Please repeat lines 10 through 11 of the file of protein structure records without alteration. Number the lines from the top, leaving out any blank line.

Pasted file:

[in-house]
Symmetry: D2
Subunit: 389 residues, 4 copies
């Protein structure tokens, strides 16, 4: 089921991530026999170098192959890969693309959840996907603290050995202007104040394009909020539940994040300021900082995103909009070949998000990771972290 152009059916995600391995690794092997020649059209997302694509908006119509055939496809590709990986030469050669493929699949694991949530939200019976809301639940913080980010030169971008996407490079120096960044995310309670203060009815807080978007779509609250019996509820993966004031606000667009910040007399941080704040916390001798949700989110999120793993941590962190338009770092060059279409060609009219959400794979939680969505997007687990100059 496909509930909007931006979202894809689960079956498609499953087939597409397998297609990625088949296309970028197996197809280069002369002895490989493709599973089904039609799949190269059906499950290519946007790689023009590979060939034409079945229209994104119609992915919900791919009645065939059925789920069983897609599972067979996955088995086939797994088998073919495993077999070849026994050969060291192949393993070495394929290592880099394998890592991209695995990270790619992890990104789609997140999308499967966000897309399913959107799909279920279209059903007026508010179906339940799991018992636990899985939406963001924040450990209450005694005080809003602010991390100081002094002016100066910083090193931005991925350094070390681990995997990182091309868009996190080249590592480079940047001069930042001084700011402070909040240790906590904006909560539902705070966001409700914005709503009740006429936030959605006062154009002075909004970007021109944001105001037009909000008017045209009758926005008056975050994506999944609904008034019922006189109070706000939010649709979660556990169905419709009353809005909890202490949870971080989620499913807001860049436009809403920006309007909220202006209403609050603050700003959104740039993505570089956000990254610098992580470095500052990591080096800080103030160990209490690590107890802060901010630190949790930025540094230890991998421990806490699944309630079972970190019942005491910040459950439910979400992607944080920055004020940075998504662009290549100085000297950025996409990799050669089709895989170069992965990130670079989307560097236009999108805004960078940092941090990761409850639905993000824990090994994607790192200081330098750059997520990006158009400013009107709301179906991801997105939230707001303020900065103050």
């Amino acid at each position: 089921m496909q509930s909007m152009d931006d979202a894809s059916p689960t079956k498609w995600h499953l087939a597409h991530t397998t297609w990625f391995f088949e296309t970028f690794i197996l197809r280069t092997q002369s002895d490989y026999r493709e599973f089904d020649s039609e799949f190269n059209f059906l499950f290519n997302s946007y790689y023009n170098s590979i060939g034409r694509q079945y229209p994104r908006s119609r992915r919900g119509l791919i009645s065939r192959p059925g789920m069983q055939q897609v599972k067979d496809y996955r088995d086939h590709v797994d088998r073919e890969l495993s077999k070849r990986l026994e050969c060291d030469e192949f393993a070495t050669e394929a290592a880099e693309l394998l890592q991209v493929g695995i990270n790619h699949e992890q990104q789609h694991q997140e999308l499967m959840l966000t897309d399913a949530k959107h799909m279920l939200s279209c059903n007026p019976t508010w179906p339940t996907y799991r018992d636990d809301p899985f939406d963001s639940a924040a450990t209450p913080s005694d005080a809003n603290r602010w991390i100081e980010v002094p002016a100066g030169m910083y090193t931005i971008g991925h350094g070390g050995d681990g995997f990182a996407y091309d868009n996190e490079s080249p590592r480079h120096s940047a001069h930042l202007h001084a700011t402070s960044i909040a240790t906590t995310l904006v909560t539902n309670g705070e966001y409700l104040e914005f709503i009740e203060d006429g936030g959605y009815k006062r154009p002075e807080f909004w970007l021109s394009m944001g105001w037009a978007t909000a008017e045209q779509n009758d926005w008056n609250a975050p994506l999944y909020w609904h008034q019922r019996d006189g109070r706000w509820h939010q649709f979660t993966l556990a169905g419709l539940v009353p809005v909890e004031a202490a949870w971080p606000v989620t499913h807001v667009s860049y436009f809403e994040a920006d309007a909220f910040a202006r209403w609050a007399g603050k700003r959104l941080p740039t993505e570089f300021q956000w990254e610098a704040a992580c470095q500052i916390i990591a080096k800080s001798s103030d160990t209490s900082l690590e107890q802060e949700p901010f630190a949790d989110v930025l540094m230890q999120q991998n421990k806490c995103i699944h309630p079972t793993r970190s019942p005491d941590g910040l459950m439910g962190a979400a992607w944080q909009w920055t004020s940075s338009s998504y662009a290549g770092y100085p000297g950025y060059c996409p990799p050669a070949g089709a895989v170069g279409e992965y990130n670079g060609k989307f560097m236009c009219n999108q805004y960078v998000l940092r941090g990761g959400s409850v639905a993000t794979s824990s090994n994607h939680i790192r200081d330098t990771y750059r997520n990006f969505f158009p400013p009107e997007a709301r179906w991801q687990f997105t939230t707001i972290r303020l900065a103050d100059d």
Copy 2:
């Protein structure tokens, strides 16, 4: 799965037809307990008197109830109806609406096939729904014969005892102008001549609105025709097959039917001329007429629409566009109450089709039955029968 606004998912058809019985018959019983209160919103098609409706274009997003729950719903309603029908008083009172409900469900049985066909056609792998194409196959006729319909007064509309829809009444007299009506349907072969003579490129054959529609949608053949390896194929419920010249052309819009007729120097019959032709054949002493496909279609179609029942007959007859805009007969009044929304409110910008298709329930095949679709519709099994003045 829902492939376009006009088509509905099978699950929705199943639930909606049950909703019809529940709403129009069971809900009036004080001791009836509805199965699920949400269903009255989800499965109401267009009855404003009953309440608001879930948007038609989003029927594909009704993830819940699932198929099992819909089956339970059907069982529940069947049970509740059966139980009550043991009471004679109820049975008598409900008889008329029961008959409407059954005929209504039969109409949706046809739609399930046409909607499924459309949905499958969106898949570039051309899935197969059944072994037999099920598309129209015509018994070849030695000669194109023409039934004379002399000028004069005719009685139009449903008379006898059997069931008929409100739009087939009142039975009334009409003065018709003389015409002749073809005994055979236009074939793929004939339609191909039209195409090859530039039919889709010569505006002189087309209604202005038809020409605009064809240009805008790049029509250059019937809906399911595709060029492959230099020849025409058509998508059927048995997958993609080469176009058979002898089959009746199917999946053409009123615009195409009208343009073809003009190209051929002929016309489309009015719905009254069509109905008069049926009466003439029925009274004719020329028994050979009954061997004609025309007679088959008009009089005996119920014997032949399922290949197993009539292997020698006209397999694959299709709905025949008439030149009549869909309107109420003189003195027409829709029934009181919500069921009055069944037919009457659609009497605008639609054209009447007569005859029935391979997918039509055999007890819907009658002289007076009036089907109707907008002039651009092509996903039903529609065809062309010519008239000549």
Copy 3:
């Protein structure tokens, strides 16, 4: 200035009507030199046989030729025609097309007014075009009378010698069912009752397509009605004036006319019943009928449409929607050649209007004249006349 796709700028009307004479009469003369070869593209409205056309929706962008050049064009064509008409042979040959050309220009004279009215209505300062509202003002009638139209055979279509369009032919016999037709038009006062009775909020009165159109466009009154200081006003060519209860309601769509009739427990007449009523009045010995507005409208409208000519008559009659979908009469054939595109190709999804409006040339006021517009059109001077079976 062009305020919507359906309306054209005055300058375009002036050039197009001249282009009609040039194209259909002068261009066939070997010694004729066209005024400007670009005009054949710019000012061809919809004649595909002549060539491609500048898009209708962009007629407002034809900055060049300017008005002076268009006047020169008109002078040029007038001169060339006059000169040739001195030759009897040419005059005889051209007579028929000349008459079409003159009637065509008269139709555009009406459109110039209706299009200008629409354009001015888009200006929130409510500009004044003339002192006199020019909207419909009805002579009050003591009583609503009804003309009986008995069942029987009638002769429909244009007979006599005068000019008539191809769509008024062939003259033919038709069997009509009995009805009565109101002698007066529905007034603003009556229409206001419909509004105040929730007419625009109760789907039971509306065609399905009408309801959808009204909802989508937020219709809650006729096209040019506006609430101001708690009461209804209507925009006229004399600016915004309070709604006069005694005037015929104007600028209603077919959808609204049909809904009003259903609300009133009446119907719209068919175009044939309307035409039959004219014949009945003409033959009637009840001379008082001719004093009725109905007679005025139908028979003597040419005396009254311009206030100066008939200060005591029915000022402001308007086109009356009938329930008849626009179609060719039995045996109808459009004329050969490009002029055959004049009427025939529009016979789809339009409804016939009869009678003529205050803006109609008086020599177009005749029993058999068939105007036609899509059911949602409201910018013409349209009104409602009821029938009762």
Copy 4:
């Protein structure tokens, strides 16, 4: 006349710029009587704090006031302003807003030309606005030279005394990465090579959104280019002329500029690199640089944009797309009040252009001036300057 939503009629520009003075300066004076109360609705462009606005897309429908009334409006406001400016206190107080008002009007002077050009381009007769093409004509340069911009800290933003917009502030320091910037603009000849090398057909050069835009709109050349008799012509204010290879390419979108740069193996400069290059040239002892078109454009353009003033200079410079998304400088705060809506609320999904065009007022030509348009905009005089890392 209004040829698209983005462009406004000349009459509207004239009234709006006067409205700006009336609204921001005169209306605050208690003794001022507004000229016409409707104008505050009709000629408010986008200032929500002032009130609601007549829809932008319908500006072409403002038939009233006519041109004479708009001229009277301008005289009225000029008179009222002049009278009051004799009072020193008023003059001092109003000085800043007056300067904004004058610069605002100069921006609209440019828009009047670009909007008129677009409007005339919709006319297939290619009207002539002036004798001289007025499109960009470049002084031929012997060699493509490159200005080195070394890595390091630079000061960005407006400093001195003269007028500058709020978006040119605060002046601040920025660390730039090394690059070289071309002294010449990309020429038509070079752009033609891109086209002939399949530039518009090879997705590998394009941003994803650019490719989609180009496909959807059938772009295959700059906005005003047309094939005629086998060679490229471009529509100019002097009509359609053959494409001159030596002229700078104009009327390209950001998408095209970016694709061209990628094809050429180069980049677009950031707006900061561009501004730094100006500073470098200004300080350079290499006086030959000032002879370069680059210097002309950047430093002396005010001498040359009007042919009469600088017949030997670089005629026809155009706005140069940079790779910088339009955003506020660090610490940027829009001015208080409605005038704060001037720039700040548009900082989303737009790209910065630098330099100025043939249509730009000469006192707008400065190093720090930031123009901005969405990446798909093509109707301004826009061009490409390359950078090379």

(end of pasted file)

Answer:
Copy 4:
């Protein structure tokens, strides 16, 4: 006349710029009587704090006031302003807003030309606005030279005394990465090579959104280019002329500029690199640089944009797309009040252009001036300057 939503009629520009003075300066004076109360609705462009606005897309429908009334409006406001400016206190107080008002009007002077050009381009007769093409004509340069911009800290933003917009502030320091910037603009000849090398057909050069835009709109050349008799012509204010290879390419979108740069193996400069290059040239002892078109454009353009003033200079410079998304400088705060809506609320999904065009007022030509348009905009005089890392 209004040829698209983005462009406004000349009459509207004239009234709006006067409205700006009336609204921001005169209306605050208690003794001022507004000229016409409707104008505050009709000629408010986008200032929500002032009130609601007549829809932008319908500006072409403002038939009233006519041109004479708009001229009277301008005289009225000029008179009222002049009278009051004799009072020193008023003059001092109003000085800043007056300067904004004058610069605002100069921006609209440019828009009047670009909007008129677009409007005339919709006319297939290619009207002539002036004798001289007025499109960009470049002084031929012997060699493509490159200005080195070394890595390091630079000061960005407006400093001195003269007028500058709020978006040119605060002046601040920025660390730039090394690059070289071309002294010449990309020429038509070079752009033609891109086209002939399949530039518009090879997705590998394009941003994803650019490719989609180009496909959807059938772009295959700059906005005003047309094939005629086998060679490229471009529509100019002097009509359609053959494409001159030596002229700078104009009327390209950001998408095209970016694709061209990628094809050429180069980049677009950031707006900061561009501004730094100006500073470098200004300080350079290499006086030959000032002879370069680059210097002309950047430093002396005010001498040359009007042919009469600088017949030997670089005629026809155009706005140069940079790779910088339009955003506020660090610490940027829009001015208080409605005038704060001037720039700040548009900082989303737009790209910065630098330099100025043939249509730009000469006192707008400065190093720090930031123009901005969405990446798909093509109707301004826009061009490409390359950078090379």